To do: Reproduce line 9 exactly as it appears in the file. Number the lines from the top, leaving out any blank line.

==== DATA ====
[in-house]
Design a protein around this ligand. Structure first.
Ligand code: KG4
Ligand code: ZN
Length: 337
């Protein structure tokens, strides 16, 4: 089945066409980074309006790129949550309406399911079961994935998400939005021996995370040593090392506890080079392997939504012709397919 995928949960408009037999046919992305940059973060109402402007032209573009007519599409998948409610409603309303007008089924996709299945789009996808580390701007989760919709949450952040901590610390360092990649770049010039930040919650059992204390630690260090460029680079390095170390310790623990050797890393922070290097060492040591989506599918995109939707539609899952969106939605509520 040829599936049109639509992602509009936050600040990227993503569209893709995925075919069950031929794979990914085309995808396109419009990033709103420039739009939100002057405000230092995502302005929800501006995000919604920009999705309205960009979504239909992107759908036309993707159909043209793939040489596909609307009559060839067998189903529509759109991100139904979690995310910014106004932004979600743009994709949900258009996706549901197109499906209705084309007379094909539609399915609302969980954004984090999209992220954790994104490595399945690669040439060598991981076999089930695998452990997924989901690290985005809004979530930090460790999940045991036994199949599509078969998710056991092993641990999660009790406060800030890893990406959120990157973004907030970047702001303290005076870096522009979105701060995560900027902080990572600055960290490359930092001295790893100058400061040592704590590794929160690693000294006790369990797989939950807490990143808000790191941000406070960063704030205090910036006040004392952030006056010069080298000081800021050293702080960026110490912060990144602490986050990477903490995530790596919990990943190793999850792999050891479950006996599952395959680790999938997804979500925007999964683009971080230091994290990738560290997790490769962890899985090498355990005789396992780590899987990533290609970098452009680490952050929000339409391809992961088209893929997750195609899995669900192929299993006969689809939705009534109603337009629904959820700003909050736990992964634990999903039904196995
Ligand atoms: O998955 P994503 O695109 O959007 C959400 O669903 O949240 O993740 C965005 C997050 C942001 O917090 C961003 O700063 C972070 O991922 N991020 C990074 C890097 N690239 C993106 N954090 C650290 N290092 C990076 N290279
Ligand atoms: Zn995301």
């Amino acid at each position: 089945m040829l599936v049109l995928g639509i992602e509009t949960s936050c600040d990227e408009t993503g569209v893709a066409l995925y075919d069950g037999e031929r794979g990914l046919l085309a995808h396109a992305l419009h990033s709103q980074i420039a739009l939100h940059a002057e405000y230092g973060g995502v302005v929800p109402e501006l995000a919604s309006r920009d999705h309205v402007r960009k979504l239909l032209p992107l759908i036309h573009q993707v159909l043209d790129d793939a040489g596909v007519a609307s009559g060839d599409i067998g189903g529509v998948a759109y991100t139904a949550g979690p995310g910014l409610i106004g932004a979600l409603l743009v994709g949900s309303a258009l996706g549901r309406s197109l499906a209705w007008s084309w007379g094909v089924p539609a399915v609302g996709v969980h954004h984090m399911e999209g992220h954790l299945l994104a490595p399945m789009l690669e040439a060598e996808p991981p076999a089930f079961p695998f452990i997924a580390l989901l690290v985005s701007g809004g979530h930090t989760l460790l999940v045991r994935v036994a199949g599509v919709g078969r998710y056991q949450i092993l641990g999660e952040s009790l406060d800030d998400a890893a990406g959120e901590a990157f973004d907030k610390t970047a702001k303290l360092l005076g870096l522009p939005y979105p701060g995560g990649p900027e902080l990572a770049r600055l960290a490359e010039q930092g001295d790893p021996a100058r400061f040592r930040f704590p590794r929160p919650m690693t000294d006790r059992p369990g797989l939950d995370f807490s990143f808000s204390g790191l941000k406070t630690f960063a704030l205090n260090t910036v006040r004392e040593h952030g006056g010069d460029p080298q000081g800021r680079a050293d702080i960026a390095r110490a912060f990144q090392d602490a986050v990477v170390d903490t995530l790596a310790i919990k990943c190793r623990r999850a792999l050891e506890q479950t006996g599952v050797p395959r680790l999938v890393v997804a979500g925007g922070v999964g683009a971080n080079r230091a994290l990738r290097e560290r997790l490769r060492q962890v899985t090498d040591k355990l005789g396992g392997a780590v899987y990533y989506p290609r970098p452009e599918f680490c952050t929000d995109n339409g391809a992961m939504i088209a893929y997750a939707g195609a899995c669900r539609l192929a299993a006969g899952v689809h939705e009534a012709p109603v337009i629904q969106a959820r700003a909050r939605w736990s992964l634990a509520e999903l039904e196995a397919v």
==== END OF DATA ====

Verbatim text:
């Amino acid at each position: 089945m040829l599936v049109l995928g639509i992602e509009t949960s936050c600040d990227e408009t993503g569209v893709a066409l995925y075919d069950g037999e031929r794979g990914l046919l085309a995808h396109a992305l419009h990033s709103q980074i420039a739009l939100h940059a002057e405000y230092g973060g995502v302005v929800p109402e501006l995000a919604s309006r920009d999705h309205v402007r960009k979504l239909l032209p992107l759908i036309h573009q993707v159909l043209d790129d793939a040489g596909v007519a609307s009559g060839d599409i067998g189903g529509v998948a759109y991100t139904a949550g979690p995310g910014l409610i106004g932004a979600l409603l743009v994709g949900s309303a258009l996706g549901r309406s197109l499906a209705w007008s084309w007379g094909v089924p539609a399915v609302g996709v969980h954004h984090m399911e999209g992220h954790l299945l994104a490595p399945m789009l690669e040439a060598e996808p991981p076999a089930f079961p695998f452990i997924a580390l989901l690290v985005s701007g809004g979530h930090t989760l460790l999940v045991r994935v036994a199949g599509v919709g078969r998710y056991q949450i092993l641990g999660e952040s009790l406060d800030d998400a890893a990406g959120e901590a990157f973004d907030k610390t970047a702001k303290l360092l005076g870096l522009p939005y979105p701060g995560g990649p900027e902080l990572a770049r600055l960290a490359e010039q930092g001295d790893p021996a100058r400061f040592r930040f704590p590794r929160p919650m690693t000294d006790r059992p369990g797989l939950d995370f807490s990143f808000s204390g790191l941000k406070t630690f960063a704030l205090n260090t910036v006040r004392e040593h952030g006056g010069d460029p080298q000081g800021r680079a050293d702080i960026a390095r110490a912060f990144q090392d602490a986050v990477v170390d903490t995530l790596a310790i919990k990943c190793r623990r999850a792999l050891e506890q479950t006996g599952v050797p395959r680790l999938v890393v997804a979500g925007g922070v999964g683009a971080n080079r230091a994290l990738r290097e560290r997790l490769r060492q962890v899985t090498d040591k355990l005789g396992g392997a780590v899987y990533y989506p290609r970098p452009e599918f680490c952050t929000d995109n339409g391809a992961m939504i088209a893929y997750a939707g195609a899995c669900r539609l192929a299993a006969g899952v689809h939705e009534a012709p109603v337009i629904q969106a959820r700003a909050r939605w736990s992964l634990a509520e999903l039904e196995a397919v």